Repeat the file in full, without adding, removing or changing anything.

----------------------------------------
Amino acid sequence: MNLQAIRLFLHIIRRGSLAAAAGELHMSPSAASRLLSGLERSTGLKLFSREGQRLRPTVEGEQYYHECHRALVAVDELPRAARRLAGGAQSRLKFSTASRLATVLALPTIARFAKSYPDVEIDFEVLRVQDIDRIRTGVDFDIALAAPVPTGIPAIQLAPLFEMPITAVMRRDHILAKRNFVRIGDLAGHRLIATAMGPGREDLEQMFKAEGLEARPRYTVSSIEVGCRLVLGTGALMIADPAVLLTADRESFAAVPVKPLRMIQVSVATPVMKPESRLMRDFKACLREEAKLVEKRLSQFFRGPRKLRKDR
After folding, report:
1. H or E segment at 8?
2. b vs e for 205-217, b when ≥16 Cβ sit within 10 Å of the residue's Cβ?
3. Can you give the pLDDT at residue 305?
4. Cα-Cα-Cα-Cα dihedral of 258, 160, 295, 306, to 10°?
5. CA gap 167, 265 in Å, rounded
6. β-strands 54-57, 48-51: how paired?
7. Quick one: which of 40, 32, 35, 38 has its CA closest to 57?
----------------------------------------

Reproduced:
Amino acid sequence: MNLQAIRLFLHIIRRGSLAAAAGELHMSPSAASRLLSGLERSTGLKLFSREGQRLRPTVEGEQYYHECHRALVAVDELPRAARRLAGGAQSRLKFSTASRLATVLALPTIARFAKSYPDVEIDFEVLRVQDIDRIRTGVDFDIALAAPVPTGIPAIQLAPLFEMPITAVMRRDHILAKRNFVRIGDLAGHRLIATAMGPGREDLEQMFKAEGLEARPRYTVSSIEVGCRLVLGTGALMIADPAVLLTADRESFAAVPVKPLRMIQVSVATPVMKPESRLMRDFKACLREEAKLVEKRLSQFFRGPRKLRKDR
After folding, report:
1. H or E segment at 8?
2. b vs e for 205-217, b when ≥16 Cβ sit within 10 Å of the residue's Cβ?
3. Can you give the pLDDT at residue 305?
4. Cα-Cα-Cα-Cα dihedral of 258, 160, 295, 306, to 10°?
5. CA gap 167, 265 in Å, rounded
6. β-strands 54-57, 48-51: how paired?
7. Quick one: which of 40, 32, 35, 38 has its CA closest to 57?